If an abbreviated approach is chosen as part of OIP product development, it is foreseen that the sponsor would select the LPM–SPM boundary size that provides the most sensitivity to the LPM/SPM metric and would subsequently establish acceptance criteria based on this choice. As discussed above, the location of this boundary need not imply clinical significance. Since its location is likely to be governed by the APSD shape, it will need to be chosen on a product-by-product basis. It is also anticipated that the boundary position may be dependent upon the flow rate that is typically used to characterize the aerosol emitted from that specific product. For example, it is possible that the boundary might be located at a relatively large value of aerodynamic diameter for OIPs that are intended to be tested simulating medication delivery during calm, tidal breathing (peak inspiratory flow rates typically <60 L/min). On the other hand, products that are evaluated by simulating a rapid inhalation maneuver at higher flow rates (e.g., DPIs at flow rates ≥60 L/min, or pressurized MDIs which contain a significant ballistic component) might have their boundary assigned at a smaller size. Ultimately, however, the precise acceptance criteria adopted for the LPM/SPM ratio should be based on the sponsor's assessment of the significance of particular changes in APSD in terms of product performance.

Overall, these investigations of OIP APSDs have shown that the LPM/SPM ratio appears to be capable of detecting small changes in MMAD on the order of tenth(s) of microns. This finding is reflected in the magnitude of the goodness-of-fit statistic, RMSE/b, obtained for regressions of the LPM/SPM ratio versus MMAD reported in Table I. In contrast, the performance of regressions of stage groupings versus MMAD reported in Table II was significantly inferior with respect to this statistic. The results in Table II reflect the performance of the current practice of constructing stage groupings based on empirical inspection. Besides exhibiting inferior correlation with MMAD, there is no apparent approach to selection of stage groupings that optimize this correlation or is even predictive of positive or negative correlation.

Furthermore, because the data used here were derived from individual stage results from full-resolution multistage impactors, they represent worst case conditions. Less variability might be anticipated if measurements of LPM and SPM were made directly using a two-stage AIM-based device due to the avoidance of increased API analytical variability associated with stages containing API mass close to or at the limit of detection.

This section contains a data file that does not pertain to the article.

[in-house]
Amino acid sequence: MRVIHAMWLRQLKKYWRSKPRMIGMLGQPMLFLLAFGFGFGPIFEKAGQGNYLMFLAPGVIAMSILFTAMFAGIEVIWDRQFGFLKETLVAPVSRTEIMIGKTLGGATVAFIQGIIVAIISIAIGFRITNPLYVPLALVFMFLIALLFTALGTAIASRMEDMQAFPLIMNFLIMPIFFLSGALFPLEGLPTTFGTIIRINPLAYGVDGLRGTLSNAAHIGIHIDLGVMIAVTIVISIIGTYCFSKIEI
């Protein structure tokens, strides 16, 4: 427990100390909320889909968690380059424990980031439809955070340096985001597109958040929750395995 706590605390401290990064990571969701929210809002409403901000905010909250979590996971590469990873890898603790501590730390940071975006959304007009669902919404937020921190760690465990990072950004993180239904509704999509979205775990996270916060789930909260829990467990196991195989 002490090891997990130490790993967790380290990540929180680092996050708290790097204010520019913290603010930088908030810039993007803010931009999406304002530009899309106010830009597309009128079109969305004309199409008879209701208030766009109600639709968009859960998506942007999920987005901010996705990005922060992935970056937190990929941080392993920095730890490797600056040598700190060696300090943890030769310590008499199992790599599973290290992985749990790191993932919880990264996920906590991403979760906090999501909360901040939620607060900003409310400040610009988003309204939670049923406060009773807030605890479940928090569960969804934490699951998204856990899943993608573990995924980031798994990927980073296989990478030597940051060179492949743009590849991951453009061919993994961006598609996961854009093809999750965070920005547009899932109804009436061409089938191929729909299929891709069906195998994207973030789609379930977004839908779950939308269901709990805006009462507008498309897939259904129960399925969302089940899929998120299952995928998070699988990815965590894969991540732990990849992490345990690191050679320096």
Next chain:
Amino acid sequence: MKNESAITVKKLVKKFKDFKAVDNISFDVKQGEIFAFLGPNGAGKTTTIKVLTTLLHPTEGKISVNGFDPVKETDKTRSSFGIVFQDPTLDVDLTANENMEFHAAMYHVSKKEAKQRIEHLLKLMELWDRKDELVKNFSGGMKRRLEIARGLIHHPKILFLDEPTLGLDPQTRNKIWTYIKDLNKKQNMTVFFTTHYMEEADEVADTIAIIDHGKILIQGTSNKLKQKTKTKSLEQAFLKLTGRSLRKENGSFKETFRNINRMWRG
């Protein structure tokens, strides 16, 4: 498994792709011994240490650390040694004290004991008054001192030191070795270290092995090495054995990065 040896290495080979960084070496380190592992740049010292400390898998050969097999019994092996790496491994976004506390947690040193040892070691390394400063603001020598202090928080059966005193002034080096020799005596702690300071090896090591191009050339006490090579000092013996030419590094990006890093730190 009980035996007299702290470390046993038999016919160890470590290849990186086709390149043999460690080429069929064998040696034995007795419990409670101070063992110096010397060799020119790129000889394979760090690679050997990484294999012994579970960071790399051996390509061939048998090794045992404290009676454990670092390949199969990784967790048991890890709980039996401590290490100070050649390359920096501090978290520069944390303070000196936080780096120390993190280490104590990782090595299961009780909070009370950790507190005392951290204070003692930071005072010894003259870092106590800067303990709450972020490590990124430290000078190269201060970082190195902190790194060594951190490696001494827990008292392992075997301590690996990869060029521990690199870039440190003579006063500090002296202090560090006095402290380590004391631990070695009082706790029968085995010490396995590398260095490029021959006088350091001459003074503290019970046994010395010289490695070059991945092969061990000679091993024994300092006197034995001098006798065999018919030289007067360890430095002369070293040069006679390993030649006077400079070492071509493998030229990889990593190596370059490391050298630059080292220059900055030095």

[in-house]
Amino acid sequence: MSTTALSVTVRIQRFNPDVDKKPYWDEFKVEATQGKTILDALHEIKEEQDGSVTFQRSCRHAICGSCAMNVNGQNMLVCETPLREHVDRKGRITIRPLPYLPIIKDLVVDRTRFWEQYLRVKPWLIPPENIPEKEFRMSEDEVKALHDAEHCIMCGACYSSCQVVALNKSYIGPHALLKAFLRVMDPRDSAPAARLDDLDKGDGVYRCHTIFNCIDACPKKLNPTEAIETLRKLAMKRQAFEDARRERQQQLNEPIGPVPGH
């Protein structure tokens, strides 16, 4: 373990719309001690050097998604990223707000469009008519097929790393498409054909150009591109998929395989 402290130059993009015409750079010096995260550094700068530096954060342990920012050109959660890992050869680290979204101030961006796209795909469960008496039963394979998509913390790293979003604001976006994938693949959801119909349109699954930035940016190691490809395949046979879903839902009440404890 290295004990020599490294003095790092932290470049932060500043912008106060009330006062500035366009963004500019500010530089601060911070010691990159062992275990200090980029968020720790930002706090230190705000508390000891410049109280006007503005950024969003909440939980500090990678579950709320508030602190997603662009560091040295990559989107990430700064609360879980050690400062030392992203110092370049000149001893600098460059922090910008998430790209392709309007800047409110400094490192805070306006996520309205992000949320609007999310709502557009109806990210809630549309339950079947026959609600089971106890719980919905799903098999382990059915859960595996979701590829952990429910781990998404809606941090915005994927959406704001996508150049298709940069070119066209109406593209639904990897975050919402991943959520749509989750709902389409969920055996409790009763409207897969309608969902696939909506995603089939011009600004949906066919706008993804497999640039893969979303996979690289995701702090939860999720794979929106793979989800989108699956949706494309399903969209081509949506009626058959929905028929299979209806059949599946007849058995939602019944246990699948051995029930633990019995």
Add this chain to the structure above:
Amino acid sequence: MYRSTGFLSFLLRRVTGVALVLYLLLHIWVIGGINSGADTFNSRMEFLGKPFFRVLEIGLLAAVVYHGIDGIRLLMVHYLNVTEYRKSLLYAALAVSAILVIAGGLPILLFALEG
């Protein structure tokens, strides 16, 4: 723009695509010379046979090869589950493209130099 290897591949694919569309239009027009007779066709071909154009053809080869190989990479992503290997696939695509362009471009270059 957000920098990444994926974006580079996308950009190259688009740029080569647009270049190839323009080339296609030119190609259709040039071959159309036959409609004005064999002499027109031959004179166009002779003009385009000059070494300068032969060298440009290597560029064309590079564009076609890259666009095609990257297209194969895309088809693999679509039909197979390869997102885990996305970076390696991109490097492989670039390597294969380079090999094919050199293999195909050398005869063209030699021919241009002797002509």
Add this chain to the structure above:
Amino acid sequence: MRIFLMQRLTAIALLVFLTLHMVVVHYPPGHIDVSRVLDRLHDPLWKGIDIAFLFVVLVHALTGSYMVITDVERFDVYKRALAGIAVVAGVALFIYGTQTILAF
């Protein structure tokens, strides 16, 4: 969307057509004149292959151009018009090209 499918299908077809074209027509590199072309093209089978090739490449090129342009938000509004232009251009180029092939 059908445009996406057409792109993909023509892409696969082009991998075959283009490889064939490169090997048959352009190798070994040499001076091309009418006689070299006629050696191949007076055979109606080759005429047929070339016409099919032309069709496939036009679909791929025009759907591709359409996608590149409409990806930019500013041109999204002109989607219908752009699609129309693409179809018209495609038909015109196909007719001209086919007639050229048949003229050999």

Whether or not changes in MMAD on the order of tenth(s) of microns are significant with respect to OIP clinical performance is outside the scope of this investigation. However, in the context of product development and QC assessment, the present analysis demonstrates the sensitivity of the LPM/SPM ratio that is readily measurable and which can detect small variations in APSD characteristics affecting MMAD.

In addition to the demonstrated sensitivity to APSD shifts, the LPM/SPM ratio has also shown high intrinsic precision compared with equivalent data derived from stage groupings obtained from full-resolution impactor measurements. Thus, the LPM/SPM ratio, in combination with the sum [LPM + SPM = ISM], may be superior QC metrics compared to those typically employed today (e.g., mass of API collected by groups of individual impactor stages). However, such superiority in the context of determining product QC does not replace the need to create benchmark data for the OIP and characterize its APSD during development by full-resolution, multistage impactor measurements. The successful application of LPM/SPM-based metrics will therefore likely depend on initial high-resolution characterization of the APSD of the OIP at an early stage of product development and the subsequent correlation of the simplified metrics to the reference APSD data. High-resolution measurements may also be occasionally needed during the commercial phase, e.g., for investigation, reference, or troubleshooting of AIM-based measurements.